This Calls for a Drink
After Graff leaves, Archer marvels that Bassett stood up to the most powerful member of the club but Bassett shrugs it off, saying he wouldn’t have been that brave if he’d been sober. In fact his courage comes from deeper sources, as we will learn in a moment.
Archer and Bassett start to talk, and Archer says that he has just talked to Hester at the family mansion a few hours before. Bassett is utterly shocked and relieved to know that she is still alive. His reaction makes it clear that, contrary to his earlier story, he is very much concerned about her welfare, even if their relationship isn’t physical.
Even though the evidence is thin, Archer is starting to put it together. He asks Bassett if Hester took anything of his when she disappeared, which Bassett denies. But Archer is suspicious that Hester was trying to blackmail Simon Graff and that the theft—if there was one—had something to do with it. Since Archer has no clear information that Hester took anything, this is a shaky inference.
Archer takes it one step further—Simon Graff may not have killed Gabrielle Torrez, but Graff’s wife, Isobel, had motive in getting rid of a romantic rival. Bassett insists Isobel is deeply mentally ill but not violent, and that she spends most of her time in a private sanitarium in Santa Monica run by a psychiatrist, a Dr. Frey.
Bassett is far too drunk to be discreet and his sad story comes out:
- In his youth he was in love with Isobel but her father, Peter Helipoulos forbade the marriage and forced her to marry Simon Graff instead. (This is important to the plot but it makes absolutely no sense. Twenty years before, Bassett had money, education and social connections and wasn’t yet a drunk. Graff was a small-time gangster. Neither Bassett nor Graff were Greek so that wasn’t a factor.)
- The only explanation I can find is that Peter thought he could use his daughter as a money-making opportunity by cementing his relationship with Graff and his mob money. Most people have lawyers draw up contracts and write checks, but Macdonald likes to have a generation-old grievance to fuel his plot, so there you go.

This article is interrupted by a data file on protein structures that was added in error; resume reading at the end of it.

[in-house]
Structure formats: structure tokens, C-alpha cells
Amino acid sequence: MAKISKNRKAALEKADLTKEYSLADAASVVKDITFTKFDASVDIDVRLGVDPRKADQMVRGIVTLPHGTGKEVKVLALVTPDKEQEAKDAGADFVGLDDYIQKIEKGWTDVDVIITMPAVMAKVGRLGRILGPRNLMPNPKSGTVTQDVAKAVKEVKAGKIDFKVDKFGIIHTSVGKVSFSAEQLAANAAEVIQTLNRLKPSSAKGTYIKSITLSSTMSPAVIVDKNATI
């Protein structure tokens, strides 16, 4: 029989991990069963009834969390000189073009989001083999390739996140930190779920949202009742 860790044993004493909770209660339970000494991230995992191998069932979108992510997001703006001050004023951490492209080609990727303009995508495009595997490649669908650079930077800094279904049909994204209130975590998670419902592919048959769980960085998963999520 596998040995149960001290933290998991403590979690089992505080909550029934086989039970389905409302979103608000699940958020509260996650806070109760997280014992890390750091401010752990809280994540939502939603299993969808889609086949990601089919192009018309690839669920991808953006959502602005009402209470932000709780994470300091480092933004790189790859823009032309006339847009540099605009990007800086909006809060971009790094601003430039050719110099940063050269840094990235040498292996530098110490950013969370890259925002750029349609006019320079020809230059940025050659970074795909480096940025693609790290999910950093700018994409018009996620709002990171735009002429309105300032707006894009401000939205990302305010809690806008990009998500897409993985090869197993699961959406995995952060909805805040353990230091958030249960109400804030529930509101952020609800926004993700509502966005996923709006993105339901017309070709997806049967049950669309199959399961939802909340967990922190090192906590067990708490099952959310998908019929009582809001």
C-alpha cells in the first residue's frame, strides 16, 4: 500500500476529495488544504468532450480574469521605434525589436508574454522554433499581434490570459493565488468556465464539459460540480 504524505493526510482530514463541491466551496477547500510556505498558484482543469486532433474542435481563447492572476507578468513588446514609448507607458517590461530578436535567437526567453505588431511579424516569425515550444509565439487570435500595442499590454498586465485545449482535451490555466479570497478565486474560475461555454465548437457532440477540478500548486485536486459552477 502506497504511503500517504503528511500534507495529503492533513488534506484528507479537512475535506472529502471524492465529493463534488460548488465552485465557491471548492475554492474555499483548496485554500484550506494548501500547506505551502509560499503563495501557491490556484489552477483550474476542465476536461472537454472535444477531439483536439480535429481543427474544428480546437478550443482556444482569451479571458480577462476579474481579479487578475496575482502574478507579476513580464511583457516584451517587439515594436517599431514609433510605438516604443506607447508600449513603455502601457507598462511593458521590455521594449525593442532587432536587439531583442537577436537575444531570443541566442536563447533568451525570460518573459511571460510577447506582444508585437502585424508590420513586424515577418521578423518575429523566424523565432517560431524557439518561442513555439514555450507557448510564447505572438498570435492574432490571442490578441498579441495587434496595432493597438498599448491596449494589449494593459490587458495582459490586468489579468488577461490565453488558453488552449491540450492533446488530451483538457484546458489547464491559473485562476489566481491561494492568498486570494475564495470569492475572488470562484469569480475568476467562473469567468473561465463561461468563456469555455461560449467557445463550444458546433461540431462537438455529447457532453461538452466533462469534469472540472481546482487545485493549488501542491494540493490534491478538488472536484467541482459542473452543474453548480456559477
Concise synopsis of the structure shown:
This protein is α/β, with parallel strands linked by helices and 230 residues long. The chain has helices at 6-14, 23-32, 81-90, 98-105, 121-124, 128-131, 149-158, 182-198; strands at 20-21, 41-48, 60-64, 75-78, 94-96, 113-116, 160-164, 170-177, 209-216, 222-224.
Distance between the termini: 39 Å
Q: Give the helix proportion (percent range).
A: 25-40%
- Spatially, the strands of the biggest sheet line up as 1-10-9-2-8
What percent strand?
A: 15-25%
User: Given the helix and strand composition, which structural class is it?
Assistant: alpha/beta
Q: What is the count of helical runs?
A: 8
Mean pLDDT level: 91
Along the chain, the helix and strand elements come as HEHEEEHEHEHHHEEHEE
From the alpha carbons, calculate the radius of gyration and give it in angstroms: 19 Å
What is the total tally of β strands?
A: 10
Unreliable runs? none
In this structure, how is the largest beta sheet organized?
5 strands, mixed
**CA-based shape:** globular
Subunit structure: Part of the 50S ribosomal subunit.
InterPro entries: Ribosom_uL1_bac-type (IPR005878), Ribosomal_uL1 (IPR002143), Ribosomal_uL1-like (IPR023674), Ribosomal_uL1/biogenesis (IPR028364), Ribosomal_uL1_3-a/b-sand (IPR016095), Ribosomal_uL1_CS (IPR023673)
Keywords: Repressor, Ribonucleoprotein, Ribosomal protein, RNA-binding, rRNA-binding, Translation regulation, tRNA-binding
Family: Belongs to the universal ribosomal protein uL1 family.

- The marriage was miserable. It accelerated Isobel’s instability and alcoholism. Graff never bothered to hide his numerous affairs. Isobel’s father went into business with his son-in-law in Helio-Graff Studios despite Graff’s brutal treatment of his daughter.
- Isobel is mostly confined to a private mental hospital but poor Bassett continues to visit her regularly, although Graff does not.
- Bassett insists that Isobel could not have killed Gabrielle because Isobel was locked up at the time.
The Obligatory Macdonald Expiation of His White Guilt
I admire both Macdonald’s thirst for racial justice and his courage in publishing his views to readers of hard boiled crime fiction in the fifties, an audience hardly likely to be sympathetic. But this time he lays it on pretty thick and takes three chapters to do it.
After Bassett passes out, Archer encounters a black club employee, Joseph Tobias, reading a sociology text. He is attending junior college but is already using words like “endeavor” instead of “try” and likes to drop—or rather, jam—references to Irish mythology into the conversation. In his spare time he seems to be a socialist. He is probably the least convincing minor character Macdonald ever created, but the author’s heart is in the right place, God love him.
Amongst the references to philosophy, black identity and poetry, Archer gets some hard facts. It will come as no surprise to a reader of a Ross Macdonald novel to find the first physical clue on page 130.
- Tobias found one of the earrings Gabrielle was wearing the night she was murdered near the pool, next to the drain.
- Gabrielle was wearing the other one when her body was found on the beach. She was otherwise naked.
- Tobias confirms that Simon Graff was having a regular affair with Gabrielle in his cabana at the club.
- As we already know, Gabrielle was shot twice, a minor one in the leg and a second one in her heart that was fatal.
- Archer earns his pay. He deduces that since a woman would not wear one earring if she knew one was missing, Gabrielle probably lost the earring somewhere in the pool area in the initial struggle and then crawled away to the beach. She would have left a blood trail that someone would have hosed off, displacing the earring to the drain cover.
- Marfeld, who was a cop at the time, tortured Tobias to confess, based on nothing more than racial prejudice. Because Tobias didn’t trust Marfeld he never told him or anyone else about the earring till now.
- Tobias denies any personal relationship with Gabrielle—she was half-white and therefore socially superior to him, even if she was also half-Mexican.